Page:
I’ve always hated the exclamation point. It’s abrasive, booming, as dangerous as a billy club or baseball bat. I find that people use it as a crutch, the way adverbs or the dialogue tags like “quip” and “mocked” are employed to compensate for bad writing.
At work, there is a woman who uses the following as her signature: Thanks! Sara. I picture this woman with a phony smile, holding some pompoms, doing a cheer to extend her gratitude. Thanks exclamation point should be saved for when I give her my spare kidney, not when I agree to set up a meeting. Thanks exclamation point translates in my head into THANKS or Thank you very very much. It should be used sparingly, not as a signature on every email sent.
Also at work, I’ve been revising copy for opt-in offers in which the user checks a box next to a phrase like: Yes! I want to receive weekly updates by email. I find the use of this exclamation point horrifying. Can you imagine anyone exclaiming, Yes! Send me crap every week; Yes! Put me on a list I can never get off of; Yes! SPAM, junk mail, please, please, I want more. But the horrifying part is that to do my copywriting job well, I should probably keep the exclamation points in these opt-in offers, even add more of them to convince the customer that this offer is really exciting. Whatever happened to subliminal messaging? Could anyone really fall for the obvious false sentiment of an exclamation point?
Then there is the text messaging culture which contributes to most people under the age of 25 thinking an exclamation point is a period, but for something that is important. And when you are under 25, everything is important. The subject line on a recent email from Kristina read: Reminder! Parties! One that’s tonight!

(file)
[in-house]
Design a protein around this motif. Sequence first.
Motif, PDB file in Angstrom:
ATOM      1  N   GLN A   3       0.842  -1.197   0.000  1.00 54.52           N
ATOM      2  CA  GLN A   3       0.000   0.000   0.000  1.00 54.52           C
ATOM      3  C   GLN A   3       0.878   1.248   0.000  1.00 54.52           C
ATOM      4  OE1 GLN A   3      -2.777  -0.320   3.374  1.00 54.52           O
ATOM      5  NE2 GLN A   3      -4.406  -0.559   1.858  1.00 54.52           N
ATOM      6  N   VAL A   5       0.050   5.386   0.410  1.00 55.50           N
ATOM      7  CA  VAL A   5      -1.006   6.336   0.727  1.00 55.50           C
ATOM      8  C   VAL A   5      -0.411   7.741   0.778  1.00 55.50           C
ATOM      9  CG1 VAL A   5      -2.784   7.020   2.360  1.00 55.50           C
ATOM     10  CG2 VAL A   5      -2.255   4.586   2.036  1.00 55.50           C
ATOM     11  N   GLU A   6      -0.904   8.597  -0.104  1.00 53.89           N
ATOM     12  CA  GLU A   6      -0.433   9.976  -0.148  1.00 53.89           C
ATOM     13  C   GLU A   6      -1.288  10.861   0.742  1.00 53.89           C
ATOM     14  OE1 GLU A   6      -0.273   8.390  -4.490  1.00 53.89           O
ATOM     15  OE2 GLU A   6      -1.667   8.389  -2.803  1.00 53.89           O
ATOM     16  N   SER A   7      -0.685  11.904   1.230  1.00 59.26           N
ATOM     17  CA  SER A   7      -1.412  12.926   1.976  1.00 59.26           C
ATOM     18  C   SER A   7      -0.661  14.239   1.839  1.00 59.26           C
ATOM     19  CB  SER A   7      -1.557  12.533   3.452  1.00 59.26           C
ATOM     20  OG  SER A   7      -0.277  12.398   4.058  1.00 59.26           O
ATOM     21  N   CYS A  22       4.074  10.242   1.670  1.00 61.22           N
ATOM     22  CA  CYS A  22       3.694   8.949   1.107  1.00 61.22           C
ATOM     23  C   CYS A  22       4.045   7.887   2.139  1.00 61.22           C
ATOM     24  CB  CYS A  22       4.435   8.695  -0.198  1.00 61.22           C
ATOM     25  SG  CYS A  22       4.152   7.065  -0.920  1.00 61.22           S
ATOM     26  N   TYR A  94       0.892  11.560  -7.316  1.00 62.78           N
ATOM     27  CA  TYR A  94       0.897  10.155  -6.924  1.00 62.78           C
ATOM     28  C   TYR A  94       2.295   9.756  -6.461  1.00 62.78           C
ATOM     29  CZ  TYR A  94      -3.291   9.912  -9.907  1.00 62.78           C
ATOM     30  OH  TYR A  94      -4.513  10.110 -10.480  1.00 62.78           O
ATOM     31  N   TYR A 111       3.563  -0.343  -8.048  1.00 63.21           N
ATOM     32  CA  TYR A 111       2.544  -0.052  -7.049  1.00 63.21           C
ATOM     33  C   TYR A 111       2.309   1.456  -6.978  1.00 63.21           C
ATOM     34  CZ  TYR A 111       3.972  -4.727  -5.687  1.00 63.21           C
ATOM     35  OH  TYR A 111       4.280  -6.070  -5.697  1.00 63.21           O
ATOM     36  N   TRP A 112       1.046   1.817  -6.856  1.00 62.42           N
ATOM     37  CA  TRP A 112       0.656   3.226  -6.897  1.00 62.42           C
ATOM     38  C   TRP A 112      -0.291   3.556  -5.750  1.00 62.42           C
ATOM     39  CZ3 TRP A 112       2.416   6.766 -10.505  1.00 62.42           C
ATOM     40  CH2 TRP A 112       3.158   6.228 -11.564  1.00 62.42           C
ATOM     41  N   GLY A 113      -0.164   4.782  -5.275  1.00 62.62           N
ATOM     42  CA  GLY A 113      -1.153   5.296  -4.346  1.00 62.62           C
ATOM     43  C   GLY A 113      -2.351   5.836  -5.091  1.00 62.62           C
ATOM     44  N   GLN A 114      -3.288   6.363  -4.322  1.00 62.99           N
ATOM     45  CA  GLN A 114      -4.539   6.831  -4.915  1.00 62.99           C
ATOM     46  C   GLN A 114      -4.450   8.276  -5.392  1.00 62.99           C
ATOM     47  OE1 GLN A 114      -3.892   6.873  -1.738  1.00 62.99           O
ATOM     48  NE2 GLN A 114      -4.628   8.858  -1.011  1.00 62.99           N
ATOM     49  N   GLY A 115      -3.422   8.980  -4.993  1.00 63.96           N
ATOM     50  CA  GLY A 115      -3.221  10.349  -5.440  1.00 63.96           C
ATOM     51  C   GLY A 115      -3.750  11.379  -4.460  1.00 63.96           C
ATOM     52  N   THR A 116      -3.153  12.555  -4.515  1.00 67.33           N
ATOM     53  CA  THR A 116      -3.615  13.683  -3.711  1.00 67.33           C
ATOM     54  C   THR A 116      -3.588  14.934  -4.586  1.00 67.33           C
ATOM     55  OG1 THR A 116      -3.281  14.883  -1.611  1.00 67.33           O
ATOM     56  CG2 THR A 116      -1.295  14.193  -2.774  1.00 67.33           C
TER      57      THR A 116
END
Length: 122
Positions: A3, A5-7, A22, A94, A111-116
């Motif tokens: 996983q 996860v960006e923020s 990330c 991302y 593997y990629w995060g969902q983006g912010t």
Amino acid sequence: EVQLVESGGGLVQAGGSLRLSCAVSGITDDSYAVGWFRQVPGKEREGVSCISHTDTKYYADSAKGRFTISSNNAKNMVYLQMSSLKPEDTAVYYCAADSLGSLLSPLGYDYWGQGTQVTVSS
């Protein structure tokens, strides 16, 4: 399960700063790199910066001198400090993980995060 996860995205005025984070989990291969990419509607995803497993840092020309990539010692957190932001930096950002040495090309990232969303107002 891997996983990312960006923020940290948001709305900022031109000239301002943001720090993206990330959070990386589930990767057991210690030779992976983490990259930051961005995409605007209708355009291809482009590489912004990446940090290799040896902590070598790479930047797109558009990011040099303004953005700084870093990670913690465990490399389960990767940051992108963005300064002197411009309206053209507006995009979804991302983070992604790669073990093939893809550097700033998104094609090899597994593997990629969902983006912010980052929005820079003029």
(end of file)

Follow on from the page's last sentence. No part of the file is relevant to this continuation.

Three exclamation points in a row is blatant overuse. Two in a row is overuse. The guidelines for a magazine I’m writing for say no more than one exclamation points per article. That’s generous, not to mention problematic that a maximum is even stated. I conducted an informal survey amongst my writing friends and one person said he uses the exclamation point about once every six months. That sounds about right.
I gave Kristina a hard time about her exclamation point overuse. The good thing about dating a writer is that she takes punctuation seriously. The bad thing is that she will argue with me about punctuation, use my own words against me: You say things on your blog like, “and then Kristina yelled, ‘its a bat. rabies. rabies.” um. hello? yelling requires exclamation points!” She mocked my improperly punctuated yelling in a monotonous drone, “bats. rabies. rabies.”
Kristina has a point. It is now that I must confess that I’ve never ever used an exclamation point, and there are cases when they are necessary. The problem is not that I hated them, but that I was prejudiced against them. I thought of exclamation points as tools of the overeager, signs of laziness, and I associated them with the annoying inflections of Valley Girls.
After years of boycotting the exclamation point, of judging it without understanding it, I’m reconsidering its potential. The good thing about having friends who are writers is that they will debate the merits of punctuation at a party, and later give me handouts to prove their points. That is how I received the Dennis Johnson story, “Car Crash While Hitchhiking.” I’m told it will change the way I think about the exclamation point. I’m ready to be blown away!